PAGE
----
Rounding out this issue’s dog-pourri, Meghan Lewit shares a millennial’s perspective. And, Meghan Daum again graces us with her, “The Gift of a Great Dog,” and reminds us of the need to make room in our hearts. Kevin Roberts tells us what gets him jazzed about skijoring (thrilling at both ends of the bungee!), and we go up to the Arctic Circle with Leah McFail on a Husky-infused Lapland Workaway program. In the good-eats category, our “turkey-burger topper” recipe is nutritionally deconstructed, and we talk with esteemed cookbook editor (she was Julia Child’s editor) Judith Jones about home-cooking for herself and her pup. And, in what is likely a first for a dog magazine, we welcome our new comic book editor-at-large, Mark Peters, who recommends a well-drawn prizewinner written entirely in “dog.”
We know you’re busy making lists, and suggest you start at BarkGoods, our new store. We’ve gathered some of the best-designed, most useful products around, and we’re always expanding the offerings. Visit often and take advantage of our rewards program.
Finally, for a truly feel-good gift, pencil in time on your calendar for a visit to your local shelter: drop off toys or gently used collars and leashes, visit with the dogs, take one for a walk or, even better, foster. (Your dog might love a new playmate!)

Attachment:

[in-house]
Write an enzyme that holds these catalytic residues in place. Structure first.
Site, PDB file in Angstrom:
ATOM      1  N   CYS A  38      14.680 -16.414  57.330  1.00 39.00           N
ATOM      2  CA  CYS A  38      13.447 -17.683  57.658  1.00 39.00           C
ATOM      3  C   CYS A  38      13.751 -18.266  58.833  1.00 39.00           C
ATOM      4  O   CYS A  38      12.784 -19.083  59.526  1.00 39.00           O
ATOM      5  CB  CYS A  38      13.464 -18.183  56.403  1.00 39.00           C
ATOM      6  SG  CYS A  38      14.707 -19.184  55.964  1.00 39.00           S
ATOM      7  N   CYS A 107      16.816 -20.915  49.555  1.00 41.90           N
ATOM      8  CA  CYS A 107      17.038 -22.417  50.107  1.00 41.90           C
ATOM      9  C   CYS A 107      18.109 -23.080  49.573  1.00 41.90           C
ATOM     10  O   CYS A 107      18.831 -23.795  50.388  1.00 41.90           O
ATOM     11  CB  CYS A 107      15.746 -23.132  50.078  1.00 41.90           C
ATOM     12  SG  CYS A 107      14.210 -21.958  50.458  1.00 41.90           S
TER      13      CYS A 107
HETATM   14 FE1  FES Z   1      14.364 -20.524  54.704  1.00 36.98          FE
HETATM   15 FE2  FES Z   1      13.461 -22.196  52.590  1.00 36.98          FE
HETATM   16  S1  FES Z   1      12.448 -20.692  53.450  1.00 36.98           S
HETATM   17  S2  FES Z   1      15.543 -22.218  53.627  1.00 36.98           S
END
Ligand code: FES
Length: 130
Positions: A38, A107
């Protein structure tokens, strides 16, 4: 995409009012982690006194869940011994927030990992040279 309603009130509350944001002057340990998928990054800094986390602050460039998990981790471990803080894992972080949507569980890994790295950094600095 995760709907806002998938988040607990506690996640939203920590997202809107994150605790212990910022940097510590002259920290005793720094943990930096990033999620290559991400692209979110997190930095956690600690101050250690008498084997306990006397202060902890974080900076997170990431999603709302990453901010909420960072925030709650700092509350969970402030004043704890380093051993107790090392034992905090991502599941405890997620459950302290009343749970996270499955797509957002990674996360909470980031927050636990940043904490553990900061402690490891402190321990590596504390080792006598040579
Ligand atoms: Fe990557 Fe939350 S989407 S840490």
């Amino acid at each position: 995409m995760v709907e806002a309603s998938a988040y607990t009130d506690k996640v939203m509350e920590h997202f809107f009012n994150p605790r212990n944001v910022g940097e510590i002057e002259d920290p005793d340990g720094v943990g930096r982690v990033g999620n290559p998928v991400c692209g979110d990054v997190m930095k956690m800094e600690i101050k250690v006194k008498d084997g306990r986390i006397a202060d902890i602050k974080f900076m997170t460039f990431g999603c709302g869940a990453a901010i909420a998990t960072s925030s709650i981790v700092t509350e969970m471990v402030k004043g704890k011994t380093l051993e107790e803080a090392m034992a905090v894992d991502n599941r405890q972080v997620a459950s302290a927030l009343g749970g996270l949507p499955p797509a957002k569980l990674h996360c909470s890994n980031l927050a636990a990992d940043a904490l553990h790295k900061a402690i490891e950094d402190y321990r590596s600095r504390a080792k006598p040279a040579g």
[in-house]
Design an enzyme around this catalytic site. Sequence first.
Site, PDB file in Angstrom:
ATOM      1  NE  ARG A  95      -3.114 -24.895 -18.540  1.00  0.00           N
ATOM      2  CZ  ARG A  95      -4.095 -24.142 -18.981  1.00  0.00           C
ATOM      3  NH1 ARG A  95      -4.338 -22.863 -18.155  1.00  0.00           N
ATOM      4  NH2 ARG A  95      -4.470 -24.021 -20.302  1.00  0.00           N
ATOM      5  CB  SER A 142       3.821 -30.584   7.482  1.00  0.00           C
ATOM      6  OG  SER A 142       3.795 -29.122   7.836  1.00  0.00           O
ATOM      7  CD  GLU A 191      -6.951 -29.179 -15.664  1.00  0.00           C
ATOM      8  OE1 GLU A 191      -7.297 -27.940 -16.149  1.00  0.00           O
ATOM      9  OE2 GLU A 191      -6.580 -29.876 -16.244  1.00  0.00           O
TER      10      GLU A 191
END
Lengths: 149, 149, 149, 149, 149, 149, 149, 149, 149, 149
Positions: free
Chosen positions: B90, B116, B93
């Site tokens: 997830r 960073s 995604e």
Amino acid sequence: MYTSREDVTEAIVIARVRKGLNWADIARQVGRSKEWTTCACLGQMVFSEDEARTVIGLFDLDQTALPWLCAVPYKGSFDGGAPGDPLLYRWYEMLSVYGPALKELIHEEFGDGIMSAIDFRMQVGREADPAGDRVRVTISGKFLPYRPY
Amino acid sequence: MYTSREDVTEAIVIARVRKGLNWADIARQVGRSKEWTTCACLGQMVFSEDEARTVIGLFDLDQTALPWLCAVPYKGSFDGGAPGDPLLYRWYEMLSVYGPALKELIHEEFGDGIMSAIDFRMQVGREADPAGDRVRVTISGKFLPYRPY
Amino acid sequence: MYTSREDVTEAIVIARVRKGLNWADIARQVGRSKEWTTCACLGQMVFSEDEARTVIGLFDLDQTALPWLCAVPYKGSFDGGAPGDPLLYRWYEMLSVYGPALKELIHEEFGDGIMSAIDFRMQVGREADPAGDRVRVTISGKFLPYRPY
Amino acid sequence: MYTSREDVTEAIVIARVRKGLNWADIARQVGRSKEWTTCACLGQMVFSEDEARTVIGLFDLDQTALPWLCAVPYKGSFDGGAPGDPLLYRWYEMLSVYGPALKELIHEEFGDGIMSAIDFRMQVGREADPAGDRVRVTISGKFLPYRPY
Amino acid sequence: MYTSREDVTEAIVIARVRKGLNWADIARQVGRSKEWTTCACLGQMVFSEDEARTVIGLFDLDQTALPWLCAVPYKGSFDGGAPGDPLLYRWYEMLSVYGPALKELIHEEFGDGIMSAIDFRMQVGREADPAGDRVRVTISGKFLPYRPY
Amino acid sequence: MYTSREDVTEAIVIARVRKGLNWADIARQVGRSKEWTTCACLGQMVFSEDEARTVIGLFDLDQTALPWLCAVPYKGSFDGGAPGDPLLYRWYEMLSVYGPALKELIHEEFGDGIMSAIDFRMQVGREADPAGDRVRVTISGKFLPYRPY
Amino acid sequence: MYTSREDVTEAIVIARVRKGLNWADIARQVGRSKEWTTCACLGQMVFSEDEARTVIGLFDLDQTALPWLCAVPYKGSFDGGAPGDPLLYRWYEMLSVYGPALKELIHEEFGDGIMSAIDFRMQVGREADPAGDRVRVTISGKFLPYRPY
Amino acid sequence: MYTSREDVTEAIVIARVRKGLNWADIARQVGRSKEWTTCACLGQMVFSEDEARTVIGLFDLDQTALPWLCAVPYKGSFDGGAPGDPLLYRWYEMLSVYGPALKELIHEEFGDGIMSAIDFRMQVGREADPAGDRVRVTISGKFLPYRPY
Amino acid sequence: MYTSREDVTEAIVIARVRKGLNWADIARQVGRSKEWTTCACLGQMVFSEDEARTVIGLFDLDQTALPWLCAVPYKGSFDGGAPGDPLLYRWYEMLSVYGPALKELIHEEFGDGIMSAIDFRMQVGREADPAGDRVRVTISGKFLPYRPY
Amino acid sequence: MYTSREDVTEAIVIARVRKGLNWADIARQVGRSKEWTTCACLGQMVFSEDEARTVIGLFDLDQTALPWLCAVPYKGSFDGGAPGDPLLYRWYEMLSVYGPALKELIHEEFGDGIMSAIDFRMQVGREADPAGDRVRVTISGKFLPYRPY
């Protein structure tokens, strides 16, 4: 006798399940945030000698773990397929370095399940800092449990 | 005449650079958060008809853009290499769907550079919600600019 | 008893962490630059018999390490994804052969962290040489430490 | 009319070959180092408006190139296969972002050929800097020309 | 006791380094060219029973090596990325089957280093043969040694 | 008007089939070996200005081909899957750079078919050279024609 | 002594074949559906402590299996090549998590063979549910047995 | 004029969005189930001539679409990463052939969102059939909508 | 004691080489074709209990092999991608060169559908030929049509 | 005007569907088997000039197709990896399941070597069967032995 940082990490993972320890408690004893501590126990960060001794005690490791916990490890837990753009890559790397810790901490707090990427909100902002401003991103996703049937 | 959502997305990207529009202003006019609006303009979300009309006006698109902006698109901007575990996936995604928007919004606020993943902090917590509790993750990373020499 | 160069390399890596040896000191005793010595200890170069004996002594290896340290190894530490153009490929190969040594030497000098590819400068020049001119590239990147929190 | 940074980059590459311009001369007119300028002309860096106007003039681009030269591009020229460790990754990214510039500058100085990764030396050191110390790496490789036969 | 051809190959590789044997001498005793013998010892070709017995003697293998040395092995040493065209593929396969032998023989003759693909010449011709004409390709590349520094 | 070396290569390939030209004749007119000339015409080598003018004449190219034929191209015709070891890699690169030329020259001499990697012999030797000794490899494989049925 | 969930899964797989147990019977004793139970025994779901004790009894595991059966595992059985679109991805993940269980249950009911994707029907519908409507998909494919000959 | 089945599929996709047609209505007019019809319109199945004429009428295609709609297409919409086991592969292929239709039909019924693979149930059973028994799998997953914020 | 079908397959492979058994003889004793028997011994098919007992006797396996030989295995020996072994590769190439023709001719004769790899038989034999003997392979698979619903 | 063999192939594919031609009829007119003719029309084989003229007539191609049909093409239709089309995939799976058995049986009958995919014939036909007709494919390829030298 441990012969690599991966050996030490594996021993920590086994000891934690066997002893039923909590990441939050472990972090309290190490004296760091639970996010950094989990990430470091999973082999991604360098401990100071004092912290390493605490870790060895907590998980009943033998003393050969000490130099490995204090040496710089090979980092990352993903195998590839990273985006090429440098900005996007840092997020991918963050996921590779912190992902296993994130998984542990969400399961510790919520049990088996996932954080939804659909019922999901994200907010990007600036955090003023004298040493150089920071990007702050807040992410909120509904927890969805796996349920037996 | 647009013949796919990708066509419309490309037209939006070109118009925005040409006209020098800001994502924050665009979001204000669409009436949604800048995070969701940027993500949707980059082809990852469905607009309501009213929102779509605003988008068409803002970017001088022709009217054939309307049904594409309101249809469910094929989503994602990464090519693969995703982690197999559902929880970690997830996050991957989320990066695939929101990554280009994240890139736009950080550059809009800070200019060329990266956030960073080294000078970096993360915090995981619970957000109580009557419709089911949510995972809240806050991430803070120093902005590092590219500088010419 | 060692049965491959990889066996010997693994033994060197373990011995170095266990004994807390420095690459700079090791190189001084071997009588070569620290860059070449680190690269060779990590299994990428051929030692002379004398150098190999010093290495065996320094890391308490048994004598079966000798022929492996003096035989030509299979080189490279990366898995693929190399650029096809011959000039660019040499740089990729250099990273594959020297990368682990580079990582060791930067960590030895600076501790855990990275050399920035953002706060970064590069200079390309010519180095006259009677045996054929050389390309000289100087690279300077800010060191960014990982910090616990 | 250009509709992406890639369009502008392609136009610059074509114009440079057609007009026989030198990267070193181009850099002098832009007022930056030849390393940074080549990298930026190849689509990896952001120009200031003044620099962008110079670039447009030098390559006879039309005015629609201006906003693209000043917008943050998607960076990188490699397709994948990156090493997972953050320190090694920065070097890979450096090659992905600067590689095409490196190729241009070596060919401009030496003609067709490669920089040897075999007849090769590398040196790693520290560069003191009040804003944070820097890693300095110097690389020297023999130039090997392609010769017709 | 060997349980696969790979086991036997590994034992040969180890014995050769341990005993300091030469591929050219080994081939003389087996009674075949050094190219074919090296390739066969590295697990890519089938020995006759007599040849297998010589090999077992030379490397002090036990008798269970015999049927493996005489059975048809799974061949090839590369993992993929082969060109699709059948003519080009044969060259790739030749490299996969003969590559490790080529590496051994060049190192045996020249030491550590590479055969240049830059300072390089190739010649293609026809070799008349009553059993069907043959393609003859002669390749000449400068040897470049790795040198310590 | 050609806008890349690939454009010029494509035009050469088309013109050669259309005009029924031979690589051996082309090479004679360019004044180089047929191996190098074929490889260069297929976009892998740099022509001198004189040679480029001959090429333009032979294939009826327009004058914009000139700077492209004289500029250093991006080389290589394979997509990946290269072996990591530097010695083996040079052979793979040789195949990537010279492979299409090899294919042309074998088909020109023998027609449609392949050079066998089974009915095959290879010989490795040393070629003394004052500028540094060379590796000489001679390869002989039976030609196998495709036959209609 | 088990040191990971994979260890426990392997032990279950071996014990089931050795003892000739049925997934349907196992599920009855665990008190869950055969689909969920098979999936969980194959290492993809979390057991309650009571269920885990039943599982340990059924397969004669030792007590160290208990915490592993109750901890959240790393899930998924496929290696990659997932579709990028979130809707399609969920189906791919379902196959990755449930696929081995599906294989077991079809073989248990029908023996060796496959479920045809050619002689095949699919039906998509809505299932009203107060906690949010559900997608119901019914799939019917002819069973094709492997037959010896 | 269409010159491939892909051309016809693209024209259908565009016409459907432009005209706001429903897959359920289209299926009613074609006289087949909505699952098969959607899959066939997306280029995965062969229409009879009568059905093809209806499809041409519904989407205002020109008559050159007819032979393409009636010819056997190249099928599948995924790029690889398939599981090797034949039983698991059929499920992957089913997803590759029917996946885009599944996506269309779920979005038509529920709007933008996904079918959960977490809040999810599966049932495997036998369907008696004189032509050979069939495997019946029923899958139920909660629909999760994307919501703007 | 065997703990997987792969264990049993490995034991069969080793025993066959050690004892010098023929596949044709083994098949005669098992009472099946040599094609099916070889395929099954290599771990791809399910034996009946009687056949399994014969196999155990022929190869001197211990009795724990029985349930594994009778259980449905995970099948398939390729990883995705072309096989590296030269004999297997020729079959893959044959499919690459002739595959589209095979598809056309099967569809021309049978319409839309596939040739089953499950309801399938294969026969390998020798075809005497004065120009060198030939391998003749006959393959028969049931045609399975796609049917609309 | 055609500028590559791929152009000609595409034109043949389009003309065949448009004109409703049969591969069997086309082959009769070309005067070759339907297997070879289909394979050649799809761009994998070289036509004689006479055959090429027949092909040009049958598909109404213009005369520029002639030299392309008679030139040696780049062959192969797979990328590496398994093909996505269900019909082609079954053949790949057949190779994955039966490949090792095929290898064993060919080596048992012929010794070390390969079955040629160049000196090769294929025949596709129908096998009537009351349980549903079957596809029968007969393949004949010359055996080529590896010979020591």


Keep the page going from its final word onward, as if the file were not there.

We wish everyone a joyous and peace-filled season.
P.S. We are dedicating this issue to Dr. Sophia Yin, her work in positive reinforcement training affected the lives of untold thousands. Her generous and compassionate spirit is sorely missed. Please read tributes and recollections from those whose lives she touched.
Hilary Swank: Starring in All-Star Dog Special
Digging Up Bones: What can archeology tells us about the “connection” origins. By Jane Brackman, PhD
Men, Women and Dog Training: What’s gender have to do with it? By Karen B. London, PhD
Postscript: Grace Chon’s Zoey and Jasper.
Serious Play: Playgroups are enriching lives and reducing stress for dogs in shelters. By Donna Jackel
Growing Up: Millennials take on caring for another, furry, someone. By Meghan Lewit
Animal-Assisted Therapy: Do sick children benefit? By Rebecca Wallick
On The Job: NYPD’s K-9 teams are partnerships bound by loyalty. By Amy Kantor, VMD
The Arctic Circle, with Dogs: Volunteering with Huskies in Lapland. By Leah McFail
The Gift of a Great Dog: Recognizing the “one” but taking on another. By Meghan Daum
It’s a Dog’s Life